And that sounds like the perfect way to illustrate, you know, we were talking about our mutual respect for John Eldredge before we got on the call here, it's like, of that adventure to live and does that feel like that's healing part of your heart somehow? Or how does that feel kind of heart wise going through something like that?

 

Shannon Stowell  43:48  

Yeah, I think that, that John Eldredge was one of the first people to help me understand that I could be me and still be a

 

Somebody who, who follows the Christian faith.

 

You know, I grew up in an extremely conservative environment where I felt like I was always in trouble and always misbehaving. And I think that I think that people and I think, you know, I can only speak from the man's experience, but I know that the men that I know are built for adventure, they want adventure. And yet many feel like they're somehow not allowed to do that are not allowed to really be themselves. And, and some of that I, you know, unfortunately, is modern American Christian culture. And I reject it completely. I reject that culture completely. And I went through my own journey where I actually, for a brief period felt like I was about to reject my faith to and Which is too long of a story for here. But what I found is that I actually needed to get out of that the culture that I was in and really figure out, you know, what was my relationship directly with God? Hmm. And then and then work backwards and now, you know, I found a church that that I don't feel like is infected with

 

what I think is unfortunately, a lot of

 

lack of authenticity because of fear of getting in getting being judged or or getting into trouble instead of just being honest about what our issues are as as men and and people who are trying to follow. follow God. So I think adventure is important and I think people find incredible joy when they really let themselves go in a good in a good adventure experience. And it doesn't have to be outrageous. Crazy, it doesn't, you don't have to go to a rack, you know, you could, you could go to Texas, you know their adventures to be had in Kansas, their adventures everywhere. And it's more about a state of mind than anything else. And I think rigidity does not help. I think being flexible and being willing to sort of roll with what happens. And actually really good adventure travel operators know this and build no time, like downtime into itineraries knowing that something's going to happen at some point where you should just roll with it. And if you're super scheduled, you may miss something that becomes the most powerful experience of a trip. And I would say that that was the case for us on this. You know, I'll refer back to this Iraqi trip the the opportunity to go to a refugee camp and It wasn't on our original itinerary. But the guide asked us Do you guys want to do this? And he said, Yeah, let's do it. And some experiences that we had in there just left me speechless, and is one of the most powerful parts of that whole trip. So. So my point is being open to saying yes to something that initially might go Oh, no way. No, thank you. Instead, think about reacting differently and saying, Yeah, I, I may not even like this part of this experience, but I'm going to do it. I'm going to go for it. I trust this operator, I trust that, you know, I'm going to get through okay. And so yes, I will jump off that cliff into the river. Or I will go to that, that refugee camp or I will try that crazy dish that normally my reaction would be absolutely I'm not eating that. So yeah, I think adventure is healing. I think it's important in it, it unlocks that play a factor in us to which I think is incredibly important. Yeah,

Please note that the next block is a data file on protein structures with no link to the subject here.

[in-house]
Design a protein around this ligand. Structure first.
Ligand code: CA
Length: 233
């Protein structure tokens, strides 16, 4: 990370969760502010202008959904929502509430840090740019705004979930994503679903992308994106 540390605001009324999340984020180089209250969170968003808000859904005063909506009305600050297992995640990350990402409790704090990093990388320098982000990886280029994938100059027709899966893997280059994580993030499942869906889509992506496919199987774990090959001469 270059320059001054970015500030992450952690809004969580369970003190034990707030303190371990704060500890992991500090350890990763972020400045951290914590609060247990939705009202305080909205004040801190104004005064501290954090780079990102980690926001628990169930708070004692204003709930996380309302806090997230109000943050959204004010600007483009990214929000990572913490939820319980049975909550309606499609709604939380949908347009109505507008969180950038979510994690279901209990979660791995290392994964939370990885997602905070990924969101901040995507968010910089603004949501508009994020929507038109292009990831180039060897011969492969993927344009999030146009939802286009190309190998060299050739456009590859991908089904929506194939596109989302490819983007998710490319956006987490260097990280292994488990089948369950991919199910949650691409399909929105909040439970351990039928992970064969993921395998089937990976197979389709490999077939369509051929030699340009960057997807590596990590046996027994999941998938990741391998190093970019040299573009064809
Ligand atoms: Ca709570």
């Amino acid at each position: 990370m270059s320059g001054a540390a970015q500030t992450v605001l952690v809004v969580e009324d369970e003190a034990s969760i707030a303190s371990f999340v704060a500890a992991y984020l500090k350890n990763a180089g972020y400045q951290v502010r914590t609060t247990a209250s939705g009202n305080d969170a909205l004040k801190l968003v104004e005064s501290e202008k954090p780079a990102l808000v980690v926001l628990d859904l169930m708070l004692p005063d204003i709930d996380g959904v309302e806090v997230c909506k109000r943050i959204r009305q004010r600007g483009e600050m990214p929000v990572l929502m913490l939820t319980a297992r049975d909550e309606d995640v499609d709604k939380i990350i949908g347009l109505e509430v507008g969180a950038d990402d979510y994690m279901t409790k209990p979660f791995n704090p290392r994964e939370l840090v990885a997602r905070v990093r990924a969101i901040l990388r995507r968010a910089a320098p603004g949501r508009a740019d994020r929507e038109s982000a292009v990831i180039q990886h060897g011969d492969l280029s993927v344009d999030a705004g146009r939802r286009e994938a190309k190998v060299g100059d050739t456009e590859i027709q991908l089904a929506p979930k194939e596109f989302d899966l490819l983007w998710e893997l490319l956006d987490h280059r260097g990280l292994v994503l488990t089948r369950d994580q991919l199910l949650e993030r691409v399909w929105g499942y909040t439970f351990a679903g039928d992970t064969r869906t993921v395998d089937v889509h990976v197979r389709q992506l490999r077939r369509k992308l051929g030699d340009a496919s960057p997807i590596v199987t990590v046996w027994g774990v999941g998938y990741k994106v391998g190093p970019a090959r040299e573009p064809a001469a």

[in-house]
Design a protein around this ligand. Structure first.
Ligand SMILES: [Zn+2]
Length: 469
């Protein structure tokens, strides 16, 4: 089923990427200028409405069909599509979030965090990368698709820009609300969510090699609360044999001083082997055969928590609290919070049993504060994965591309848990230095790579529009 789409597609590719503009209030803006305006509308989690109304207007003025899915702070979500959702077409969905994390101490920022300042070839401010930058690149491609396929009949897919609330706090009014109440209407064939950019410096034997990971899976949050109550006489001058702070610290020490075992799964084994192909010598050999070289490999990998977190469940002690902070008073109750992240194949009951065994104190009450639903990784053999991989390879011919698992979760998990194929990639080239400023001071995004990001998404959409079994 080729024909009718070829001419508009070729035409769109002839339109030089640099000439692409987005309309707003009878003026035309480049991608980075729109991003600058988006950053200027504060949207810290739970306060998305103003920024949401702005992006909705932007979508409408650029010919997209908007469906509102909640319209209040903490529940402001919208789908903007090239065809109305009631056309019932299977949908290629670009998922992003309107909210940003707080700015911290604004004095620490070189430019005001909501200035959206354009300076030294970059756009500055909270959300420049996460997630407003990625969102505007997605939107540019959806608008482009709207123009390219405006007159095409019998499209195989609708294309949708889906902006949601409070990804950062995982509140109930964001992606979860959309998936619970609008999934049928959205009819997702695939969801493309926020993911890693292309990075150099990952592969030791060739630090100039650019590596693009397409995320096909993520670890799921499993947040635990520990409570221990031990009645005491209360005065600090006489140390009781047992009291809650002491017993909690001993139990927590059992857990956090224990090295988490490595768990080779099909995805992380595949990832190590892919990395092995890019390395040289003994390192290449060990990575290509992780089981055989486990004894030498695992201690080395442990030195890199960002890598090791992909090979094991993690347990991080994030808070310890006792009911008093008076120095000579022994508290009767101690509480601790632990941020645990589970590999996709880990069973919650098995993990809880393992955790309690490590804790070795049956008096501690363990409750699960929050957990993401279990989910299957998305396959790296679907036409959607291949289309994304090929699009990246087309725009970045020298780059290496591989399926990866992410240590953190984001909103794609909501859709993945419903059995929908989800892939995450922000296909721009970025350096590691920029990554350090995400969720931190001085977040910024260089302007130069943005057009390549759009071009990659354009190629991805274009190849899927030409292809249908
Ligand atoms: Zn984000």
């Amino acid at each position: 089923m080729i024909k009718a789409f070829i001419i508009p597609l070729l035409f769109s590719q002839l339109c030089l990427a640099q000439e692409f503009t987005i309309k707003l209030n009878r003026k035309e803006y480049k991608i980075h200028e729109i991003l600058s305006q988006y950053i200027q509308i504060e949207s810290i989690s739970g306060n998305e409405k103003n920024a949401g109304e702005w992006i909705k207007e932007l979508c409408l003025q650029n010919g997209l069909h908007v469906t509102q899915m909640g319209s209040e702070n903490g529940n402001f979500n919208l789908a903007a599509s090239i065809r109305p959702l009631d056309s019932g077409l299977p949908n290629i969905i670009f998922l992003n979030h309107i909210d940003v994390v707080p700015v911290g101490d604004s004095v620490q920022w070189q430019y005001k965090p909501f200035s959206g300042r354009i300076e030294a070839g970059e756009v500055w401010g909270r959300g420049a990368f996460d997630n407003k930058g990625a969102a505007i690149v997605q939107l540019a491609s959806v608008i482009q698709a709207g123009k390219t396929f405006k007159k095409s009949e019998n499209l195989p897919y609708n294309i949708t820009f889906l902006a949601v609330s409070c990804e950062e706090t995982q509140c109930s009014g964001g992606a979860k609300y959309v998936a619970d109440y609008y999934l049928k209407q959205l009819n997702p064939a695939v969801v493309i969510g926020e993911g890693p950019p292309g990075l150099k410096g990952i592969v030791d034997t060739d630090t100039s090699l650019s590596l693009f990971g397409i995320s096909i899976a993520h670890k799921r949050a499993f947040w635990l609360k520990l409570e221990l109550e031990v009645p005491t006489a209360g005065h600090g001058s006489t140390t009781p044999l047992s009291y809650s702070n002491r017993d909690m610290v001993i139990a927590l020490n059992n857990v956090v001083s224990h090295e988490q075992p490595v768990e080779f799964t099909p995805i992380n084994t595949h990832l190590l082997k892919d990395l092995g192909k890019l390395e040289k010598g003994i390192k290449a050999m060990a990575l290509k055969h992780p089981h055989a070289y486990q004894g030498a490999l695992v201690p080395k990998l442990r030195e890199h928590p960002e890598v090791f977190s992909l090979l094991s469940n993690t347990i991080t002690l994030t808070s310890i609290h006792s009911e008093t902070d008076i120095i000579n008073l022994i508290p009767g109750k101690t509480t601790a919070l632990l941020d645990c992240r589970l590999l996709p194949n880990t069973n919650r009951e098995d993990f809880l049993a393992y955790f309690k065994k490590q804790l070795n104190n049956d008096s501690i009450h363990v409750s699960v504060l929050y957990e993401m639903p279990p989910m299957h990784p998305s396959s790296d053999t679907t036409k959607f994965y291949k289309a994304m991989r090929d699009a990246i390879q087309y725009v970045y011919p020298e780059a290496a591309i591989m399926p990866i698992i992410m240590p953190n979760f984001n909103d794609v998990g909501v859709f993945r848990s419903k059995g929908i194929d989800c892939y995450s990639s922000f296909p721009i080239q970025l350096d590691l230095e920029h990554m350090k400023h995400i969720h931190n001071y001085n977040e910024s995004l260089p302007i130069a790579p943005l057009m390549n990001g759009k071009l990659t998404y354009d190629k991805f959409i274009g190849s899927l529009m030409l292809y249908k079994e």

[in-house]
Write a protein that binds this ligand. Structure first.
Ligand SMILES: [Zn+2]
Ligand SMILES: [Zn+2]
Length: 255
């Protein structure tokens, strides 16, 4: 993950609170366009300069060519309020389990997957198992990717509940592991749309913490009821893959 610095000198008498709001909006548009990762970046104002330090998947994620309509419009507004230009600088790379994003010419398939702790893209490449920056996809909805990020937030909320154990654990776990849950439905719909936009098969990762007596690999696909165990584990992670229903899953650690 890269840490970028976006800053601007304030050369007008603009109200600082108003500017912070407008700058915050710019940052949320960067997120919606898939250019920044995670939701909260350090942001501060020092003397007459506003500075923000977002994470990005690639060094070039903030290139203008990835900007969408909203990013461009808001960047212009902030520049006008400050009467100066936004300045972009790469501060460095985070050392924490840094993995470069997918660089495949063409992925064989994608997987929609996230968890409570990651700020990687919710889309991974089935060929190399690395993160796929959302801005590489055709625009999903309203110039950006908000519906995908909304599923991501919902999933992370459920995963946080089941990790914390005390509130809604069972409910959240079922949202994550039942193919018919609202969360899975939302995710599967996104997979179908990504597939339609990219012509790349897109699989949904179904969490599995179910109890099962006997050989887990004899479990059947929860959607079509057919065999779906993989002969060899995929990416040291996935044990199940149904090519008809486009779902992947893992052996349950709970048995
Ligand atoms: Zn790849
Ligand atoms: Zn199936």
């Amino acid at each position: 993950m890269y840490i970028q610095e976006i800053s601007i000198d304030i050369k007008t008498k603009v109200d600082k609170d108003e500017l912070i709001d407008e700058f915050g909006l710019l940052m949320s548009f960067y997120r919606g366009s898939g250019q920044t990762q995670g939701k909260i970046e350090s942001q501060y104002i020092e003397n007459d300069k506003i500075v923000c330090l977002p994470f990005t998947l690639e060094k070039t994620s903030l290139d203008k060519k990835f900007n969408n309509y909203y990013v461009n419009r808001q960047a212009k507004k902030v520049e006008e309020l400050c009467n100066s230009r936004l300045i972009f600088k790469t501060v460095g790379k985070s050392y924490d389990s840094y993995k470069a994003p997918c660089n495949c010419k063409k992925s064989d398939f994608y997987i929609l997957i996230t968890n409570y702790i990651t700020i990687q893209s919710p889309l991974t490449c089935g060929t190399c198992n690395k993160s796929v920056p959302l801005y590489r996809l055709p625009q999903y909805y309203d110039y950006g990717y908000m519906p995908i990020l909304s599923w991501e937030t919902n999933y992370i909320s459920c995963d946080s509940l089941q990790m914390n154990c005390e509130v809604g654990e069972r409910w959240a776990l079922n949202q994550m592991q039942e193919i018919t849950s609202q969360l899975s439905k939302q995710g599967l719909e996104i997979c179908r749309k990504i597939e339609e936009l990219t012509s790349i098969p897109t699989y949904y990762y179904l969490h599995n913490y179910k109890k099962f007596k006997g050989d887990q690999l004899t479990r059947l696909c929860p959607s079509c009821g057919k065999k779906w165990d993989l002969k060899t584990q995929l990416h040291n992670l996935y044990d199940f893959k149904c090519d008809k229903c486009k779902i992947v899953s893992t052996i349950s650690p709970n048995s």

Dan Zehner  48:02  

you're you're totally right and like something that showed up for me. Recently I've been watching a bunch of my adventure movies that kind of like stir my my heart a bit and I watched Kon-tiki last week marks that one story of Thor Heyerdahl going across the Pacific in a raft and that moment where he he hits the beach and he's just like, Oh my gosh, we actually did this and just like this, we could just see this wave of joy come across his face and it feels like that's that's what adventure does for us. It's just like when you when you answer that question for yourself that you've got what it takes night and that's that's where it lives and hits us.

 

Shannon Stowell  48:49